Healthcare professionals need to take steps to ensure that Black people feel heard and understood. Building rapport and trust are essential to improving care.

Improve follow-up care

Historically marginalized people and those with lower incomes have more delays in starting treatment. A 2020 review of studies shows that patient navigators can help people in these groups overcome some of the barriers to CRC screening and care. Having a system to identify patients who are at greater risk can help save lives.

One intervention showed the benefits of a structured screening plan for colorectal cancer. The goal was to ensure that all people received the same level of follow-up and care. In this study, death from colorectal cancer decreased in all groups.

The greatest improvement was among Black people due to the initial disparity. Researchers mailed annual home screening kits to all patients to test for blood in their stool. They also offered colonoscopies as needed.

At the start of the study in 2000, 42% of the 88,734 Black participants were up-to-date with screening. From 2015 to 2019, 79% to 80% were up-to-date.

Know your family history

Experts estimate that about 35% of the risk for CRC comes from genetics. If you have a family history, a doctor may recommend you start screening earlier. It depends on the number of family members with CRC and their age at diagnosis.

Not everyone has access to their family history. If this is the case for you, it’s smart to let a doctor know this too. Based on any other risk factors, you and your healthcare team can make a screening plan that makes sense for you.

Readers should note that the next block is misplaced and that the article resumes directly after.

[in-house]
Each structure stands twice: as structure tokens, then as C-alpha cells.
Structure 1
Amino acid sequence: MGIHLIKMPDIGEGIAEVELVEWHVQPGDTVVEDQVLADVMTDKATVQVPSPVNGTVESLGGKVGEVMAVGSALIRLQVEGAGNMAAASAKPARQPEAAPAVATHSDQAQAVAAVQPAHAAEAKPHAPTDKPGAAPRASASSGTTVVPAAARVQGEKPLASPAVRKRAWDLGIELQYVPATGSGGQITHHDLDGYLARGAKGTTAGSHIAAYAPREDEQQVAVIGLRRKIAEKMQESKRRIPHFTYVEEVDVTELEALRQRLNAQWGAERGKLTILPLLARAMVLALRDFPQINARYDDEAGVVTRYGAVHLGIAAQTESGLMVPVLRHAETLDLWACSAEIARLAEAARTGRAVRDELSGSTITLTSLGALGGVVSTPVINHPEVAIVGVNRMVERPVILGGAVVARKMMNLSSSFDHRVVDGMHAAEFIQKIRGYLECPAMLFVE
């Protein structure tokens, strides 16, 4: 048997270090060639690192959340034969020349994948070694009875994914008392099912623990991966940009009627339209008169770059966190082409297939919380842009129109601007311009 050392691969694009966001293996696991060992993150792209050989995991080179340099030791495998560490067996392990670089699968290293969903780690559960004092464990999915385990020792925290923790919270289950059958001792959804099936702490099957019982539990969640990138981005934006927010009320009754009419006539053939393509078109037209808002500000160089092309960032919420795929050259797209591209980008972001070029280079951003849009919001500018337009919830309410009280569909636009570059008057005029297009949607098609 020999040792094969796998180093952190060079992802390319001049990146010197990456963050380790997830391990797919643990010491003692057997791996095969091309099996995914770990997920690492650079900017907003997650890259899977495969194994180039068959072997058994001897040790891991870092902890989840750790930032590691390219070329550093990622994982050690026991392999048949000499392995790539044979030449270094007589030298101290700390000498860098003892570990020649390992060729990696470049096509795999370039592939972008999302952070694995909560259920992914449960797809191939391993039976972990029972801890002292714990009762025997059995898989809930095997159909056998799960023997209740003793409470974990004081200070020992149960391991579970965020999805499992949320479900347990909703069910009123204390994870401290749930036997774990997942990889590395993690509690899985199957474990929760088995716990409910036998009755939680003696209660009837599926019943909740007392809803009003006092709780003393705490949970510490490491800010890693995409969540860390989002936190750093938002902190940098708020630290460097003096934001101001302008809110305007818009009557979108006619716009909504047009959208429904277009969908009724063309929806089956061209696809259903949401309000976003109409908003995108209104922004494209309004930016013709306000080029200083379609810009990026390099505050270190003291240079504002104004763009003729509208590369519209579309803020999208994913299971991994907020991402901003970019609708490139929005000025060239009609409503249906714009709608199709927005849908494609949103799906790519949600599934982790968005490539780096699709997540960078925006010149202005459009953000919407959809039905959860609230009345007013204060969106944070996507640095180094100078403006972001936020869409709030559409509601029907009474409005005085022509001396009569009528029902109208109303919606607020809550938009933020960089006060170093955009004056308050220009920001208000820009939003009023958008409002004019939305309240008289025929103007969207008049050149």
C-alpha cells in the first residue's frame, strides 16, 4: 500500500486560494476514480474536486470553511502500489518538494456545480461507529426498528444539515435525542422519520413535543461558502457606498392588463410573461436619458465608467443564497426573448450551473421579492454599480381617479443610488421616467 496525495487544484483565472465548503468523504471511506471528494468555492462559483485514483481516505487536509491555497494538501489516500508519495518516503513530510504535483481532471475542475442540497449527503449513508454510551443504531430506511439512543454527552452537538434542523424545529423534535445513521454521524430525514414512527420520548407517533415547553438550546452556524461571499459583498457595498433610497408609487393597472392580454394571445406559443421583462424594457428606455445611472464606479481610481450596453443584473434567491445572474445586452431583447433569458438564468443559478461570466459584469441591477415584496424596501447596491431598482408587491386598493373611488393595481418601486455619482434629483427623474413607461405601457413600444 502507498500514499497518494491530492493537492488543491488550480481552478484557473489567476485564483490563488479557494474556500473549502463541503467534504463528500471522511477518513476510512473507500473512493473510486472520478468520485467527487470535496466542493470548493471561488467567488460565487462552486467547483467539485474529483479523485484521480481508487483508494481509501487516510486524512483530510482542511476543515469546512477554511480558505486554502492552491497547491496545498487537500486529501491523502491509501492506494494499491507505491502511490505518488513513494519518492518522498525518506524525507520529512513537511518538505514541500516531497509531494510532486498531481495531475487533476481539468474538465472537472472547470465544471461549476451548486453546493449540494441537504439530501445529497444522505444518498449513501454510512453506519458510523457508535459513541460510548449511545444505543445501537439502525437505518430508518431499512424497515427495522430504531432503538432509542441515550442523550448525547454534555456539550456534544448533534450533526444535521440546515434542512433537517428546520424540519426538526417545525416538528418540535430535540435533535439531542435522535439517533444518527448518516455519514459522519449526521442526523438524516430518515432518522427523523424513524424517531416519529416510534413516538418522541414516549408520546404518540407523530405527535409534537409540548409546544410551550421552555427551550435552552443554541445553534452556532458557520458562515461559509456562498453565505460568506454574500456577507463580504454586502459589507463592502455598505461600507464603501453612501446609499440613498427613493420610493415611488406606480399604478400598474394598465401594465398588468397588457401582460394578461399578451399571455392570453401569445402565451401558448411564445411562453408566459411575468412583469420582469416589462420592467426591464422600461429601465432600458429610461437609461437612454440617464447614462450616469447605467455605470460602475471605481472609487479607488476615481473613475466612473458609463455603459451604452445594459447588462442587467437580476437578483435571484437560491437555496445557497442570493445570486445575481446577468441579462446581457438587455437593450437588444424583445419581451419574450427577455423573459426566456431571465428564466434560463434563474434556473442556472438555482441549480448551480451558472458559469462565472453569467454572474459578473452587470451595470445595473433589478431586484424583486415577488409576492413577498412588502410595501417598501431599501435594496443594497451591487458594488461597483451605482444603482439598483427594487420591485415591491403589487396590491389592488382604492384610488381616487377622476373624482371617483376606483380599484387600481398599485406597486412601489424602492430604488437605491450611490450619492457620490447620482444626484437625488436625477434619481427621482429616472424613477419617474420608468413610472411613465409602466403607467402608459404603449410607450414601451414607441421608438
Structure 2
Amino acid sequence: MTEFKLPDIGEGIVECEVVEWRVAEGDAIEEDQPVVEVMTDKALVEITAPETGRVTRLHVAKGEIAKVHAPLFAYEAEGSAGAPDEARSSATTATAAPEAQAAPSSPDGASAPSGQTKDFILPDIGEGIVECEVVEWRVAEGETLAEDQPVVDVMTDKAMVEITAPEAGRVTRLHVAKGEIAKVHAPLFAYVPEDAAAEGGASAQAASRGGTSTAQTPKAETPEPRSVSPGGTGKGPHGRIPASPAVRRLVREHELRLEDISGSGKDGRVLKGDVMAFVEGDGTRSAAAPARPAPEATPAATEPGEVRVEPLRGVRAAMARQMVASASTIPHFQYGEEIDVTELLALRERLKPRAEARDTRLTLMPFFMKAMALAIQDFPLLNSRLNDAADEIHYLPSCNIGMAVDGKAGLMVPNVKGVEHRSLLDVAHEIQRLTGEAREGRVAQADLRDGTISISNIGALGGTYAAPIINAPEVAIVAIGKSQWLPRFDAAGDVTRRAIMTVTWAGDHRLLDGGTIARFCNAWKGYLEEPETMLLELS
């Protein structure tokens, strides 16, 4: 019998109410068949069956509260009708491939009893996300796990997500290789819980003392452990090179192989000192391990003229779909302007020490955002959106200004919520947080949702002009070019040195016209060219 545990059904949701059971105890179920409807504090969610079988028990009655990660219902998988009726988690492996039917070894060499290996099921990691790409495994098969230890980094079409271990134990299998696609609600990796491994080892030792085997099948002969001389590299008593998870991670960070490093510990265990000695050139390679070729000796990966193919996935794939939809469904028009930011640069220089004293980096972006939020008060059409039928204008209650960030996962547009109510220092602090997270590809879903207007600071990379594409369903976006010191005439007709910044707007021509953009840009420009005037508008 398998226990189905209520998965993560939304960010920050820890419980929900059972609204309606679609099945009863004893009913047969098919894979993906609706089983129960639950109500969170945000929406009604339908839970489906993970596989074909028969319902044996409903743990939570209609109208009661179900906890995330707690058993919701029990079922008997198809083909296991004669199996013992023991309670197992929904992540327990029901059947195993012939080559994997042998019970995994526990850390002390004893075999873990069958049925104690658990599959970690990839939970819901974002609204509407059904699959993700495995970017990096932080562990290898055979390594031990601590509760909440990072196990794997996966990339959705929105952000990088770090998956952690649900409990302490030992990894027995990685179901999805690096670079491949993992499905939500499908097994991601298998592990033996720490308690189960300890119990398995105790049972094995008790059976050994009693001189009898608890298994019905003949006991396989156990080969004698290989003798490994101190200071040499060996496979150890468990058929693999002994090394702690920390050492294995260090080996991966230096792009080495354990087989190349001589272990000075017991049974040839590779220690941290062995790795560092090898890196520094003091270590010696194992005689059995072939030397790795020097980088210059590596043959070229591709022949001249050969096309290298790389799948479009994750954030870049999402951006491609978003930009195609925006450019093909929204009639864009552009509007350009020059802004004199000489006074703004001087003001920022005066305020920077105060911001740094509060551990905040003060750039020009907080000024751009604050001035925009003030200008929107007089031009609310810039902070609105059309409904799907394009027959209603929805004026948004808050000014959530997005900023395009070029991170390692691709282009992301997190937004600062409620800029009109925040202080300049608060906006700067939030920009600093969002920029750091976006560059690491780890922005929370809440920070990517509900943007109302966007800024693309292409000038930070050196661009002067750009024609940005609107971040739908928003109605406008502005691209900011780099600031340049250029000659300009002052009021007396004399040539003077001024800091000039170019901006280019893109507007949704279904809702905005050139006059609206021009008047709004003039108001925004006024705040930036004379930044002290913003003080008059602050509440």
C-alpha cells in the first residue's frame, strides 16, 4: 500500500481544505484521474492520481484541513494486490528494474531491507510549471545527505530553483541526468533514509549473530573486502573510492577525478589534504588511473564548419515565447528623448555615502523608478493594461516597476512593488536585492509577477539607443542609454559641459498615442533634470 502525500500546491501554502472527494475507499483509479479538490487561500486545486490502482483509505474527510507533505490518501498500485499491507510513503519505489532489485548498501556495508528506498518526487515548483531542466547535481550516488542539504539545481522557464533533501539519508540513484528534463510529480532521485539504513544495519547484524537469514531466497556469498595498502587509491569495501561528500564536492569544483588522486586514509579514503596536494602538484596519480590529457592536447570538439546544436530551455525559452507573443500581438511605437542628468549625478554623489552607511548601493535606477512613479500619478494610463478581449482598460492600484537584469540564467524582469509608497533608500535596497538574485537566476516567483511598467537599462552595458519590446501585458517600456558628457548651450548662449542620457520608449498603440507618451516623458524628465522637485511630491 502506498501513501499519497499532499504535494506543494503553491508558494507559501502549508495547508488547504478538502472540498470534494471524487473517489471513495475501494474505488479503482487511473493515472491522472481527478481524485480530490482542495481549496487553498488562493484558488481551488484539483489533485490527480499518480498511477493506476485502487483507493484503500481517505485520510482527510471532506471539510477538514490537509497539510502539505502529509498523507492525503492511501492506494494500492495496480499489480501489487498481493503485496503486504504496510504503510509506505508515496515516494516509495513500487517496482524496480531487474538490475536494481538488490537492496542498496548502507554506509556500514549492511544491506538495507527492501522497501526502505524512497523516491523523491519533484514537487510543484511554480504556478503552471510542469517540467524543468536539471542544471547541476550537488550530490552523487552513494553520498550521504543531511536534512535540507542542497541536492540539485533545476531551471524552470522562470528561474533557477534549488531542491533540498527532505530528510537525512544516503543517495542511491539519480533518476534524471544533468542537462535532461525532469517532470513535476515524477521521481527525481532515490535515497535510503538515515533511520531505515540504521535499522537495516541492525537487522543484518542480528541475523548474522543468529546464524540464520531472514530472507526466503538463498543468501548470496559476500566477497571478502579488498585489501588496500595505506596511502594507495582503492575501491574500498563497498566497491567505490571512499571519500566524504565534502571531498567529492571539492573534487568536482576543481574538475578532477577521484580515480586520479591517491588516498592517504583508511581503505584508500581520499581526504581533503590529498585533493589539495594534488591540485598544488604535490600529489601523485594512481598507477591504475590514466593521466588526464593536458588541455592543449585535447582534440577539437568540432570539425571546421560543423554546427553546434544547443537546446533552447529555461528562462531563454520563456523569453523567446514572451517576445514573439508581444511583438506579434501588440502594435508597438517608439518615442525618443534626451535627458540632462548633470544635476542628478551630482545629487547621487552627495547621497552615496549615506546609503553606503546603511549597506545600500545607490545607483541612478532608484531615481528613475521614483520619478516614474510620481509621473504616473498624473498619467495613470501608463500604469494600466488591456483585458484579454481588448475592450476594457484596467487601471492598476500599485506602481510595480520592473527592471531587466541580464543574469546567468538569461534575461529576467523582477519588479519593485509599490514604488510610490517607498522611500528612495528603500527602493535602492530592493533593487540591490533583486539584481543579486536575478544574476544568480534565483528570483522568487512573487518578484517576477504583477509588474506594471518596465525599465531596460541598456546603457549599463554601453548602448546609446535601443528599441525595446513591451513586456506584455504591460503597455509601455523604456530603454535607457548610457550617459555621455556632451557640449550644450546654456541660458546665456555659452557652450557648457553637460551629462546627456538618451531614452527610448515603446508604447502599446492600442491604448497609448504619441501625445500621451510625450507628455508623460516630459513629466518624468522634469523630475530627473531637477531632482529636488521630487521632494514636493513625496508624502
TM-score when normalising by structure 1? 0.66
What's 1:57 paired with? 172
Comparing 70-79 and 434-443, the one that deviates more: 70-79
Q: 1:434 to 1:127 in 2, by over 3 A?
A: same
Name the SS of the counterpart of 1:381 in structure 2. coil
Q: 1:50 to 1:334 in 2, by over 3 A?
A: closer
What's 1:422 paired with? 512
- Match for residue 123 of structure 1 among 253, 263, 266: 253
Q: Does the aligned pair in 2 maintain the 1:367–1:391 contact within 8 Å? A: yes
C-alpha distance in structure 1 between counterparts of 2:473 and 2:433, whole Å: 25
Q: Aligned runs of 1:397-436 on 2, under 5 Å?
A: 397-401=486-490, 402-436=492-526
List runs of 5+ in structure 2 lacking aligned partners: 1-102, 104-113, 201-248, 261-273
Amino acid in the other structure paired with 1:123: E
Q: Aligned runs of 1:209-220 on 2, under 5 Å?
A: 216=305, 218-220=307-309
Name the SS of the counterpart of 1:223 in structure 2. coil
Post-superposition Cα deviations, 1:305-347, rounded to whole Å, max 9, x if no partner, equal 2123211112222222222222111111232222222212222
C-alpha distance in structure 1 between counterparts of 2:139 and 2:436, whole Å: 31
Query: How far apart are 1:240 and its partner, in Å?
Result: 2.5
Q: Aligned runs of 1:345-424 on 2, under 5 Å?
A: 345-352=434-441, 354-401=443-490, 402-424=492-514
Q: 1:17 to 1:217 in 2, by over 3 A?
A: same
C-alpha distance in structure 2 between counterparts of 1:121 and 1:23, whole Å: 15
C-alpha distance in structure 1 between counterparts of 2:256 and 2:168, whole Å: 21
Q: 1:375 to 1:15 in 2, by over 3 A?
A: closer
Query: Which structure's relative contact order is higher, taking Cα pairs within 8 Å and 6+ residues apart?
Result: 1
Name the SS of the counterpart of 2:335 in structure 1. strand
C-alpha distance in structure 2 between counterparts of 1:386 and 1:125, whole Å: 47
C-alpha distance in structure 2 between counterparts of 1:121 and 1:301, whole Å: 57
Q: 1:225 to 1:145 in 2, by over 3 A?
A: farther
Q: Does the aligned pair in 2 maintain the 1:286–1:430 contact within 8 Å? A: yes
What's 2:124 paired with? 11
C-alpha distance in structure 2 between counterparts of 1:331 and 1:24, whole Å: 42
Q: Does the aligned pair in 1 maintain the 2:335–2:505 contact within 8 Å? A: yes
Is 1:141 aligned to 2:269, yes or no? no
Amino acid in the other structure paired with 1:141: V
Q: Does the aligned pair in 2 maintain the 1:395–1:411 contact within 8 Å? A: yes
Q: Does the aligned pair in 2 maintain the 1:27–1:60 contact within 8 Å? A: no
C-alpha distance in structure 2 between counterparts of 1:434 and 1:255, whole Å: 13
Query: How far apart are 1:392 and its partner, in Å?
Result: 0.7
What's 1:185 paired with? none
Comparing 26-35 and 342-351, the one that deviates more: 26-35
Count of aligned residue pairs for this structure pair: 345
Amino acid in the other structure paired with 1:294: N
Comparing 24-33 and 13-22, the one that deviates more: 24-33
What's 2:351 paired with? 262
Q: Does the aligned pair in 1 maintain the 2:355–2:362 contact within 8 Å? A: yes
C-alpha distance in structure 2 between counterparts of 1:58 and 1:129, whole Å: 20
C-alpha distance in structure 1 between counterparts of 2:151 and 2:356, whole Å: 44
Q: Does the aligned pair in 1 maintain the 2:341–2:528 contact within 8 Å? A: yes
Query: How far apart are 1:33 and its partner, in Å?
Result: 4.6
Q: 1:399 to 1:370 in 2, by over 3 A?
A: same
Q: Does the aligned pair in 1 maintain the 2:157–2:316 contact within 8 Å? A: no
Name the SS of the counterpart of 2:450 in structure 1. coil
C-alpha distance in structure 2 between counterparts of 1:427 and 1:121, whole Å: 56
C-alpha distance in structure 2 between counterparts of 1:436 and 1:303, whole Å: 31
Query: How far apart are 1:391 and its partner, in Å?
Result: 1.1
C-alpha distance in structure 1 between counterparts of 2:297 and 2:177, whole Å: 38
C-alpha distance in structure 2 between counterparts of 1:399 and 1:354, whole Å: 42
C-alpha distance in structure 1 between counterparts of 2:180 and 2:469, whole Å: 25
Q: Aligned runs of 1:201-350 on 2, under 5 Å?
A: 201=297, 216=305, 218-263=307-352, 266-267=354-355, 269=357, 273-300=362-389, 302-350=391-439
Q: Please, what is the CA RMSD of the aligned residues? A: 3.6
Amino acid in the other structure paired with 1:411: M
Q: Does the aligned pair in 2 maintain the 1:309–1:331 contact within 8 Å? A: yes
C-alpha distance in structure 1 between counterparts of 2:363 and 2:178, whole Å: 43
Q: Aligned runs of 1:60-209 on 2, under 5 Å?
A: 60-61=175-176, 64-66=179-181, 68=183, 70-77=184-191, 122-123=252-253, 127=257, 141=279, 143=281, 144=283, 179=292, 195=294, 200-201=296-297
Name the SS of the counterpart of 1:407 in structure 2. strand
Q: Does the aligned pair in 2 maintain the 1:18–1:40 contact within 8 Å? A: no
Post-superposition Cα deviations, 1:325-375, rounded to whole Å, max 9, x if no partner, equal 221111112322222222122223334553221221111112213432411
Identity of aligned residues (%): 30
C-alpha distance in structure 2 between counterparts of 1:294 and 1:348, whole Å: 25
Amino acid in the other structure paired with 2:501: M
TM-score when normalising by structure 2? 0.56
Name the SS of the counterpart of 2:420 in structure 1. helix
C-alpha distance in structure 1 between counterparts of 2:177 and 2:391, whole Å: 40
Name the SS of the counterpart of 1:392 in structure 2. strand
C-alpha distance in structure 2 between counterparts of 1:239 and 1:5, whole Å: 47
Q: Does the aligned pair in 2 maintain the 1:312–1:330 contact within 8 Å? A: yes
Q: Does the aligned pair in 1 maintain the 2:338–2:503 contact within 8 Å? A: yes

Learn more about genetic testing for colon cancer.

Receive screening

Screening is essential for early diagnosis or prevention of colorectal cancer. There are several different screening tests for CRC. There are pros and cons to each. You can discuss the options with your doctor.

At-home screening options include:

A doctor can also perform the following screening tests:

Watch for signs and symptoms

People with colorectal cancer don’t always have signs or symptoms. This is why screening is so important. If you notice any changes in your bowel habits, it’s smart to get them checked out.

Signs and symptoms of colorectal cancer include:

  • changes in bowel movements, such as diarrhea, constipation, or narrow stool shape
  • bright red blood with a bowel movement
  • darker-colored or black stool, which may indicate dried blood
  • fatigue
  • unexplained weight loss
  • low red blood cell counts (anemia) due to blood loss

CRC is the third most common type of cancer and the second highest cause of cancer death in the United States. Black Americans have higher rates of CRC and are more likely to die from it. There are many reasons for this.

Higher poverty levels and lower levels of health insurance are part of the story. Black Americans are also more likely to receive a diagnosis under the age of 50. They have higher rates of right-sided colon cancer, which has worse outcomes.

On a systemic level, increasing health insurance, having better follow-up plans, and finding ways to build trust among People of Color may help. It’s also important for people to be aware of any family history and have regular screening done.

Colorectal cancer may not have any signs or symptoms at an early stage, so regular screening is the best way to catch it early. Early diagnosis improves your chances of a better outcome.